An Update on the School’s WiFi

An Update on the School's WiFi

Anyone who’s tried to access the internet from their own device at school over the past few months knows that the WiFi has been spotty and unreliable. Students and teachers alike have complained about the status of the internet and questioned why the estimated deadlines for the WiFi being fixed have continually been moved back. In light of this, The Talon has outlined the main points regarding the internet issue at school and provided answers to the most commonly asked questions about the overall upgrading process.

Here are the five main points:

1. Back during first semester of the 2013-2014 year, the school decided to upgrade to the school WiFi in order
a) to prepare for potential online Common Core trial testing which would require all juniors to take a test on the internet at the same time
b) to respond to the rapid increase in devices at school that can access the internet (smart phones, laptops, tablets)
2. The administration upgraded the school’s WiFi from a 100 megabyte per second bandwidth AT&T package to a 1 gigabyte per second bandwidth AT&T package–an upgrade that is intended to increase the school WiFi’s capacity by ten times.
3. This upgrade presented many challenges with the district’s firewall, the switches between inbound and outbound signals, the cabling and the individual WiFi access points in each classroom.
4. As of right now, the problems with the firewall have been solved. Roughly 60 percent of the districts’ switches between inbound and outbound signals have been rewired. All of the cabling has been upgraded. About 95% of individual WiFi access points have been installed, but many still have to be changed to a non-interfering frequency.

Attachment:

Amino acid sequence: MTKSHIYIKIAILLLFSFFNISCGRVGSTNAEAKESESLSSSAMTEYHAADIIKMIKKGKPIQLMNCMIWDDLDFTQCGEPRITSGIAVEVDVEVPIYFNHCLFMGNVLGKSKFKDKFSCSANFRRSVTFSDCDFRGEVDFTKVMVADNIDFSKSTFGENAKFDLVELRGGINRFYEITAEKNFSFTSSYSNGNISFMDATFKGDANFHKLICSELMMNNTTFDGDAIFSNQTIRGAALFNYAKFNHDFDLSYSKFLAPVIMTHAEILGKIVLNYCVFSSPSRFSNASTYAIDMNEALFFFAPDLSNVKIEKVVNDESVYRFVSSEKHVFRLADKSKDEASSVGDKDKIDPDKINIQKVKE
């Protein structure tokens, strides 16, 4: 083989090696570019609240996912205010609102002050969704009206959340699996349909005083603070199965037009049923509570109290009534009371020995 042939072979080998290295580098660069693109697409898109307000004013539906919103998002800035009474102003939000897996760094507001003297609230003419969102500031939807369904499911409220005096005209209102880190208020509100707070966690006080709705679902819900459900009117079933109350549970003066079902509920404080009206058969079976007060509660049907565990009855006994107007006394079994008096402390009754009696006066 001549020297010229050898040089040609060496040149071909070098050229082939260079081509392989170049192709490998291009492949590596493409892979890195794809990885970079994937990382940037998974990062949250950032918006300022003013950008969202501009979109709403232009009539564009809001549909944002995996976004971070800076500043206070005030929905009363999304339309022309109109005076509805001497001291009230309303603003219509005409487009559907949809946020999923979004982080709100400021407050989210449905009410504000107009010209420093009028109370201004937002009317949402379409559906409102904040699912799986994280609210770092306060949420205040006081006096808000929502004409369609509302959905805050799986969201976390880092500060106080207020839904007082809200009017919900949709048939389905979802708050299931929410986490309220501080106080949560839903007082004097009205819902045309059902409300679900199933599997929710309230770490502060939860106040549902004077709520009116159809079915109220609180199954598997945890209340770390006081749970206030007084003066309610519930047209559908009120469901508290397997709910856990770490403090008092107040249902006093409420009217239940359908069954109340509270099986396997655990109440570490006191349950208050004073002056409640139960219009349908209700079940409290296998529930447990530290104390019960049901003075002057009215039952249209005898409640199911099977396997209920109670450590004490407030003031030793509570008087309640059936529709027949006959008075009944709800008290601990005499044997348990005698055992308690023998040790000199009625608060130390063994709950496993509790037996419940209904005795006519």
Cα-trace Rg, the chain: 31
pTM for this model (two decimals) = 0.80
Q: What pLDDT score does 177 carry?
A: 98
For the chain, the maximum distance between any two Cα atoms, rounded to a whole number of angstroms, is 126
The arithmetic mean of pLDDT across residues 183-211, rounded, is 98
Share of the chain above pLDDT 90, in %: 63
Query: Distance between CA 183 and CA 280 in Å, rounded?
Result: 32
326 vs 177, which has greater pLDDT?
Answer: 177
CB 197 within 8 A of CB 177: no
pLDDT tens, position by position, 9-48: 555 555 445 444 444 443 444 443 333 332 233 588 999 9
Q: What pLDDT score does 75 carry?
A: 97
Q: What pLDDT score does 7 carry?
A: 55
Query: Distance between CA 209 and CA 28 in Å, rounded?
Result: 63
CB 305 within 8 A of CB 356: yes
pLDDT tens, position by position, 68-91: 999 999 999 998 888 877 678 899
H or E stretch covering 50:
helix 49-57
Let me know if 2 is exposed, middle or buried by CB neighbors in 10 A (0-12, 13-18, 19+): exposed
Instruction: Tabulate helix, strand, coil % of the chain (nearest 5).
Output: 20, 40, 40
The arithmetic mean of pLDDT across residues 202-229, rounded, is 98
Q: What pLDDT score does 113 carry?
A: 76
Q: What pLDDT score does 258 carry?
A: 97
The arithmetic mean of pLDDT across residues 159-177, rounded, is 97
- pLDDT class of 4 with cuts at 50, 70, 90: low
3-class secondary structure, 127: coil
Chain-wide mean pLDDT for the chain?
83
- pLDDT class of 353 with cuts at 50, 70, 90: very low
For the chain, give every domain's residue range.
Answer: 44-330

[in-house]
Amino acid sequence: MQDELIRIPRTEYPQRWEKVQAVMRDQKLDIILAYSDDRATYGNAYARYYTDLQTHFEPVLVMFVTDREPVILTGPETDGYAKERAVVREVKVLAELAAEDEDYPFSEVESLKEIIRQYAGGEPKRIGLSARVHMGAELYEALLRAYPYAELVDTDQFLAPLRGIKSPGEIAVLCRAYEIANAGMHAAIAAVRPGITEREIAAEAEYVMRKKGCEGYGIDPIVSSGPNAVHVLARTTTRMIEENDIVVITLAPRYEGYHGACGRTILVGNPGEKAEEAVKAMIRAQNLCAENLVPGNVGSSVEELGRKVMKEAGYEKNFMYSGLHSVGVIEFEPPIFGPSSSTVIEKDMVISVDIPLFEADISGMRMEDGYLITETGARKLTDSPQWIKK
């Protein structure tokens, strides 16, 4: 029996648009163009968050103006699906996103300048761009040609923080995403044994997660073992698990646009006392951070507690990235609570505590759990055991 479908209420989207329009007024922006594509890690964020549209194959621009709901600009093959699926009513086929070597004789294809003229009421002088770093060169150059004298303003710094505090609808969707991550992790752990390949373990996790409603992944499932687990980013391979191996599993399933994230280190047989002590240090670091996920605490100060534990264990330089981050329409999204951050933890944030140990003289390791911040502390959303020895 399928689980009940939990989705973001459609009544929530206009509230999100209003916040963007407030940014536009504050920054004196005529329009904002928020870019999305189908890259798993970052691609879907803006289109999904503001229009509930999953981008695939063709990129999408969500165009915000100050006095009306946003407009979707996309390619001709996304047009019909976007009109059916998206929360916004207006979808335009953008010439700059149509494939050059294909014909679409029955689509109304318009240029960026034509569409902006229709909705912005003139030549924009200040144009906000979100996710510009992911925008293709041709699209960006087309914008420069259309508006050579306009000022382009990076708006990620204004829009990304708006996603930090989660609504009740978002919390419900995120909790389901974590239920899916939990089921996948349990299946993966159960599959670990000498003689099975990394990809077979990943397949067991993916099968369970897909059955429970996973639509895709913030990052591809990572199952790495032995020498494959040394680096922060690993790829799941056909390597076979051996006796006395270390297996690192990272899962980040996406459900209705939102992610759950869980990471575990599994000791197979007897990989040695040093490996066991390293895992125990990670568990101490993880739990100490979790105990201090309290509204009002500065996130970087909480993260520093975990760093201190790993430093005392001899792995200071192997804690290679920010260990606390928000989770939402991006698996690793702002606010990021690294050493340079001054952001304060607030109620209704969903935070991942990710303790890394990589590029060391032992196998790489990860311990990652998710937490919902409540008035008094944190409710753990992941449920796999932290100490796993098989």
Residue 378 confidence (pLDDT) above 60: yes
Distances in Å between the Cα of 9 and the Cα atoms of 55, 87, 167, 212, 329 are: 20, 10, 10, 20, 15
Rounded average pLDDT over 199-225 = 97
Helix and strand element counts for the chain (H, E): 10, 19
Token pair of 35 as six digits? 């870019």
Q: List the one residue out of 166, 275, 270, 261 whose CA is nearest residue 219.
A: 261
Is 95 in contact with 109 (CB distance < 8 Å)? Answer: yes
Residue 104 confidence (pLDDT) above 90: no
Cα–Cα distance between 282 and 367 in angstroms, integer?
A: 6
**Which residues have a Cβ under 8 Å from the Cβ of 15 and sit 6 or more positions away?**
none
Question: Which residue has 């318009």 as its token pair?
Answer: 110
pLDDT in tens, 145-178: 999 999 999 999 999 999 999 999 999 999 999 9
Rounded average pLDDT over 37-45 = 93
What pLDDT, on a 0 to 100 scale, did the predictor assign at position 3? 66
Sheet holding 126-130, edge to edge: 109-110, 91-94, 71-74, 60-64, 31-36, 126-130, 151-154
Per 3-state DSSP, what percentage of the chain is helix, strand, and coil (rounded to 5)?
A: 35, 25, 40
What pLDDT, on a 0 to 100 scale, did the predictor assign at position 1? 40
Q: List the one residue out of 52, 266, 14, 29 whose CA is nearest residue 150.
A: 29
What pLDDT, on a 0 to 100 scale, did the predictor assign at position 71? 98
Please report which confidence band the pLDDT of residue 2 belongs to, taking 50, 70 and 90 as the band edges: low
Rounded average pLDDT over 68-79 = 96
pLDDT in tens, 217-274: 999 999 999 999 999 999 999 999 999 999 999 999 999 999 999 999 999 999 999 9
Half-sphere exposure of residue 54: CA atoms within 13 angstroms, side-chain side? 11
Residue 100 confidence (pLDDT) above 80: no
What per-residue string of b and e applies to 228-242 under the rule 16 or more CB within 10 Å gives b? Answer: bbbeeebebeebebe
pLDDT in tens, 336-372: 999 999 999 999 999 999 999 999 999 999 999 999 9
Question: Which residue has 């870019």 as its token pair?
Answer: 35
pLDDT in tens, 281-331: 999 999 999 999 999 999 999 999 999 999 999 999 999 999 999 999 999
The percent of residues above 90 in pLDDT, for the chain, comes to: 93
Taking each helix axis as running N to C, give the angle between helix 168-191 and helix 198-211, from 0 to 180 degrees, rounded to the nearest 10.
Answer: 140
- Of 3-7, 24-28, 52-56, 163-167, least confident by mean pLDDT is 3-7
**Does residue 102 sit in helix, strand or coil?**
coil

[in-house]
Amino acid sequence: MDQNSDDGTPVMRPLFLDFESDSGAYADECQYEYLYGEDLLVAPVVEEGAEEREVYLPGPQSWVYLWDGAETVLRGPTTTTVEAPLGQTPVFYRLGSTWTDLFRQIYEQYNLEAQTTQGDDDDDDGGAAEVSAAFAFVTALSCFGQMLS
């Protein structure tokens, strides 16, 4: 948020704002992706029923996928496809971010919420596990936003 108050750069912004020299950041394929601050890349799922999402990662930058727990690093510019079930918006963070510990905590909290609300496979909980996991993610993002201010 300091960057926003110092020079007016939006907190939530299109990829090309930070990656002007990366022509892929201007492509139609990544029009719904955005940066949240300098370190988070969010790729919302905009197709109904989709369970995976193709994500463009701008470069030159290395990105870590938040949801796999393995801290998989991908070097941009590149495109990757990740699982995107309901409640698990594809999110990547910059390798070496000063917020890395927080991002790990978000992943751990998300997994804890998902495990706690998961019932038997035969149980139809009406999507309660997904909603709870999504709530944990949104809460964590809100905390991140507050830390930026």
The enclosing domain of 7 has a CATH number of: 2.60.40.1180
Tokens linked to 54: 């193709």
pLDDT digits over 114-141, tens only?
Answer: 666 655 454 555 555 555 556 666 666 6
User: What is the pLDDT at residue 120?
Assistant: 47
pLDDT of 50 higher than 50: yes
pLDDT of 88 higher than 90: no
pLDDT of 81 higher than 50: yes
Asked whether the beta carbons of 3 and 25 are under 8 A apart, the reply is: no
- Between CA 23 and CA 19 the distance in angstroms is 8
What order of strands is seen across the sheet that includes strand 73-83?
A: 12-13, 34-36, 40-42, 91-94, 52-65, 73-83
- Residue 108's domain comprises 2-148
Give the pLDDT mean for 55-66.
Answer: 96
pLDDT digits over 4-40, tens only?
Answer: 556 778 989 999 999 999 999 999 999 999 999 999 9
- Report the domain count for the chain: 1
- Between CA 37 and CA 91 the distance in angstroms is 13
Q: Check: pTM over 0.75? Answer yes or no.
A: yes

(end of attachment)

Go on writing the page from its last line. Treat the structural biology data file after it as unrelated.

5. The district has set the new estimated date for completion at August 1, 2014.

Q&A Explanation:

Why did the district decide to upgrade the internet in the middle of the the school year?

The change in the Common Core by the California government involved ending STAR Testing and working towards implementing a new statewide test. The new Common Core test will involve tests that are taken entirely online. Thus, this past year when the government announced all of the changes in the Common Core, they explained that high schools across the state would be randomly selected to help pilot the new system. If LAHS was picked to help with piloting the new system, the school needed to be able to have the entire junior class on the internet at the same time, which was not possible with the old WiFi system (please note: Alta Vista ended up being the only school in the MVLA district to be selected by California for this pilot testing).

Around the same time, with the widespread increase of smartphones, laptops and tablets brought to school by students, the WiFi network proved to be incapable of supporting all of the devices accessing the internet at the same time. In some rooms, the WiFi would work for 20 connected devices, but if there was any more than 20 devices connected, not a single device would be able to access the internet.